WeHo’s Formosa Cafe is One of 25 Sites on the Ballot for Preservation Funding

West Hollywood ‘s Formosa Café, one of 25 contestants in a national historic preservation content.

West Hollywood’s Formosa Café is one of 25 places in the United States on the ballot for Vote Your Main Street, a campaign to choose recipients of $2 million in preservation funding from American Express.

The campaign launched today and runs through Oct. 31. Votes can be cast online.

“Let’s save a West Hollywood staple,” says the campaign’s pitch for the Formosa Café, which is at 7156 Santa Monica Blvd. at Formosa Avenue. “The beloved Formosa Cafe along Route 66 will be rehabilitated, passing on an icon to future generations. Threatened by development pressures, places like the Formosa Cafe are exceedingly rare today. This project will help its owners keep the building alive.”

The Formosa closed in January after 92 years in which it served as a major dining spot for actors and actresses and other film industry professionals at the movie studio next door now known as The Lot.

New York City prize fighter Jimmy Bernstein bought the restaurant, then known as the Red Post Café, in 1925. In 1945 he partnered with Hong Kong-born chef Lem Quon with whom he worked for 31 years.

The Formosa Café’s classic interior.

Bernstein died in 1976 and Quon died in 1993, leaving the cafe to his grandson, Vince Jung. Over the years, fans of the Formosa have waged several campaigns to preserve it against threatened demolition. In 1991, the Friends of the Formosa preservation group was formed to fight Warner Bros., which owned the property the café sat on at the time and wanted to turn it into a parking lot. In 2001, another fight to save the Formosa ensued when the West Hollywood Gateway Center—a two-story shopping center that would take up a full city block—was proposed. Although the Formosa was left alone, it ended up in the middle of West Hollywood’s largest shopping complex.

The Formosa went through a number of menu changes in partners with others and in July 2015, its classic interior went through a complete transformation. All of the 8 x 10 glossies were taken down, the red interior was painted a battleship gray, and a rooftop garden bar was added. There are efforts underway to restore that interior and the 1933 Group has signed a long-term lease with Clarion Partners, owner of the Gateway shopping center, and intends to return it to a semblance of its original style.

The Vote Your Main Street campaign is a project of Partners in Preservation, an initiative created by the National Trust for Historic Preservation and American Express to engage the public in preserving and increasing awareness of America’s historic places. Since its creation in 2006, Partners in Preservation has awarded over $19 million in support of more than 200 sites.

Chartered by Congress in 1949, the National Trust for Historic Preservation has more than 60 years experience saving America’s historic places and promoting preservation.

An announcement of the contest says “America’s Main Streets represent a diverse tapestry of our history and culture. They also contribute to the local identity and vitality of our communities. To put this into perspective, according to a recent National Main Street Center Reinvestment Statistics Study, the presence of a Main Street program leads to an average of $3.1 million more in retail sales each year than would be expected otherwise. Between 2015 and 2016, this amounted to $3.3 billion nationwide.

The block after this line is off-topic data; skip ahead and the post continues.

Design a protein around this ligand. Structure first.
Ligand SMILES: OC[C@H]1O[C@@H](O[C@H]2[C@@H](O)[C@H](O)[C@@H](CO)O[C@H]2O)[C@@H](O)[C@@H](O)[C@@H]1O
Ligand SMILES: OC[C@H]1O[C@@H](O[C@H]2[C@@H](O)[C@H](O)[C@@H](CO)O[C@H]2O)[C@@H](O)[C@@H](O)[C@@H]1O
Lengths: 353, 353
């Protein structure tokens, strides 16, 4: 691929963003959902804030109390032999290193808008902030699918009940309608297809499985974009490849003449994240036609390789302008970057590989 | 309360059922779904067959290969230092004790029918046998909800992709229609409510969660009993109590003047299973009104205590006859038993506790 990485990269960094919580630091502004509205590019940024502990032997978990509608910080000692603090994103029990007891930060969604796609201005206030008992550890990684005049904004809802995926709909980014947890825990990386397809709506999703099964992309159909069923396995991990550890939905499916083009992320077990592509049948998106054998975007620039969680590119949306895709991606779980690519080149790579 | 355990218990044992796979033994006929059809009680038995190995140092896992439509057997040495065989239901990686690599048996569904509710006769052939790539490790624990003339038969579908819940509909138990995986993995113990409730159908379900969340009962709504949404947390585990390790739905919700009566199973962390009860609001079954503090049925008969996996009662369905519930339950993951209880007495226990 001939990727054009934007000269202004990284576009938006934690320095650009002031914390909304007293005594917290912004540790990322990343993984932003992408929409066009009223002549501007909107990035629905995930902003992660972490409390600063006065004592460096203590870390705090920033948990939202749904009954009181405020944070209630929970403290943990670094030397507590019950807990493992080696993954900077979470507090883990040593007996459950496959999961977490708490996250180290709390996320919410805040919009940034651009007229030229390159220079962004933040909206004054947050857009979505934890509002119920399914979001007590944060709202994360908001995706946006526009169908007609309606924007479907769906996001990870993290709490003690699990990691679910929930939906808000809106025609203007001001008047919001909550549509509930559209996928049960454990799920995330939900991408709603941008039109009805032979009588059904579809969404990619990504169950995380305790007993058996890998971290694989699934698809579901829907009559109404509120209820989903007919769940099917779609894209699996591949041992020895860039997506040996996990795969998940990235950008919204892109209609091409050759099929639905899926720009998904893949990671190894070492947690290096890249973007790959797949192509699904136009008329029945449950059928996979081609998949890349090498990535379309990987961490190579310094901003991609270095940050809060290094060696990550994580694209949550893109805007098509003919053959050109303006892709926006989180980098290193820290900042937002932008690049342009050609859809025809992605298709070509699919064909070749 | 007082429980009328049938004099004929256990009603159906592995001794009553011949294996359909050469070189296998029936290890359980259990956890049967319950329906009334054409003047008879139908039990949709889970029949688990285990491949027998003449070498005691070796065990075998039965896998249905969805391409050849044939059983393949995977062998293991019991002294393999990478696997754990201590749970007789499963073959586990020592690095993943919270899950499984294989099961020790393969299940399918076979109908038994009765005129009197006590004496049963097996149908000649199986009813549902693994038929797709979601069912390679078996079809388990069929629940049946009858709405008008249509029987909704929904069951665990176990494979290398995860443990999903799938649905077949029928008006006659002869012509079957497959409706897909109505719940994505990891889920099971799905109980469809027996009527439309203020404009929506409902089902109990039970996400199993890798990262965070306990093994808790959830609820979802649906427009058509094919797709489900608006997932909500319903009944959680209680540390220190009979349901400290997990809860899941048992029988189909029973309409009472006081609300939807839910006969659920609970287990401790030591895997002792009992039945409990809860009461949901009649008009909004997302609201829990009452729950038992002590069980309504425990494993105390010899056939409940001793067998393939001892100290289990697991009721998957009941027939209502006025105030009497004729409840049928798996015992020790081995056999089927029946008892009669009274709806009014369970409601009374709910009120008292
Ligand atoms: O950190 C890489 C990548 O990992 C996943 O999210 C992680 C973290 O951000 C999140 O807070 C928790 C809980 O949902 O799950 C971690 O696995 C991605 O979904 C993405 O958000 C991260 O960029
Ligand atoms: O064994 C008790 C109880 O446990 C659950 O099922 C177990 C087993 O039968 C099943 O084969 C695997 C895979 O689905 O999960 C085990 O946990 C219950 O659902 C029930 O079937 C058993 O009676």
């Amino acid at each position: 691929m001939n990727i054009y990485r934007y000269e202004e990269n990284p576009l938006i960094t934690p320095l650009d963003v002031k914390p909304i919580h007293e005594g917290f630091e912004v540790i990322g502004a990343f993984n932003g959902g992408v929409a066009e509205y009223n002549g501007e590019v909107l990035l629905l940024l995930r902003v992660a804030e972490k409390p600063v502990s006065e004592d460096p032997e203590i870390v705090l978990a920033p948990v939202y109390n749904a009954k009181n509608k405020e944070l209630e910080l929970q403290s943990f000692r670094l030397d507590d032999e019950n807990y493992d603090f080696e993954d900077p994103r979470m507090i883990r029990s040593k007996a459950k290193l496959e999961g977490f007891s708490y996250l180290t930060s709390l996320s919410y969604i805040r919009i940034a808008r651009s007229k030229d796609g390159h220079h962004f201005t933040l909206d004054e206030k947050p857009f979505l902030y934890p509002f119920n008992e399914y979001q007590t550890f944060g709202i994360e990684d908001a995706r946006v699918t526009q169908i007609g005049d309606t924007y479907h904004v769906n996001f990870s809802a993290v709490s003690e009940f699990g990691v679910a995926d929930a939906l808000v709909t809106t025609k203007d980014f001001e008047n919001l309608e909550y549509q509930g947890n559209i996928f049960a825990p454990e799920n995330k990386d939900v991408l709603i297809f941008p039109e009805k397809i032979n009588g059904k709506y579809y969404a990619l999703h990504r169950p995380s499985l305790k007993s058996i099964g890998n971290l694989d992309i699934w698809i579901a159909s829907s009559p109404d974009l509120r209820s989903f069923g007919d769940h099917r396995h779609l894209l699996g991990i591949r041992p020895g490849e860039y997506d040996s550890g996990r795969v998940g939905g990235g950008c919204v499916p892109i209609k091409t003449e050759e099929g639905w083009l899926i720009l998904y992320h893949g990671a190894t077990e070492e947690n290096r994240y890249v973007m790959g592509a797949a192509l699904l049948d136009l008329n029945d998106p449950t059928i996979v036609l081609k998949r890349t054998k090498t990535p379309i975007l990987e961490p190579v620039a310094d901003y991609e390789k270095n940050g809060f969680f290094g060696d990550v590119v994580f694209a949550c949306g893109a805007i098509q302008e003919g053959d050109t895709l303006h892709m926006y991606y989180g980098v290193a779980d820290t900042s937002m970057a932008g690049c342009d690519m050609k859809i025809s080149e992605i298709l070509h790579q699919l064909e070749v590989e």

During this campaign, the public is invited and encouraged to vote once a day for up to five Main Street projects at VoteYourMainStreet.Org. They are also invited to support their favorite Main Streets by attending special events during Open House Weekend, which is scheduled for Oct. 6-9. The Main Streets with the most votes at the end of the voting period will be awarded grants, until the full $2 million is distributed.

  1. Although many in West Hollywood despise the MTA Division 7 bus yard at 8800 Santa Monica Bl. it was the beginning of what is now known as West Hollywood. The Pacific Electric built a rail yard at this location which encompassed what is now the bus yard and additionally the property the PDC sits on today. The historic Craftsmen homes were built for the P.E. employees who worked at or operated out of the property. The P.E. was the largest regional passenger railroad in the United States with over eleven hundred miles of trackage that extended into San Bernadino, Riverside, and as far south as Newport Beach. The division has been operating since the early 1900’s under the names of the P.E., Metropolitan Coach Line, old MTA, RTD and the new MTA.

    In addition the current building falls within the historic designation since it was built in the early 1970’s.

    While a bus yard does not fit in with the trendy ideas of many, our city was founded due to the forward thinking of Henry Huntington and his partners.

    This is the only bus yard within the MTA system that hides the buses from public view unless one looks down one of the two access roads.

    And guess what? Part of the Formosa Cafe is a old P.E. rail car.

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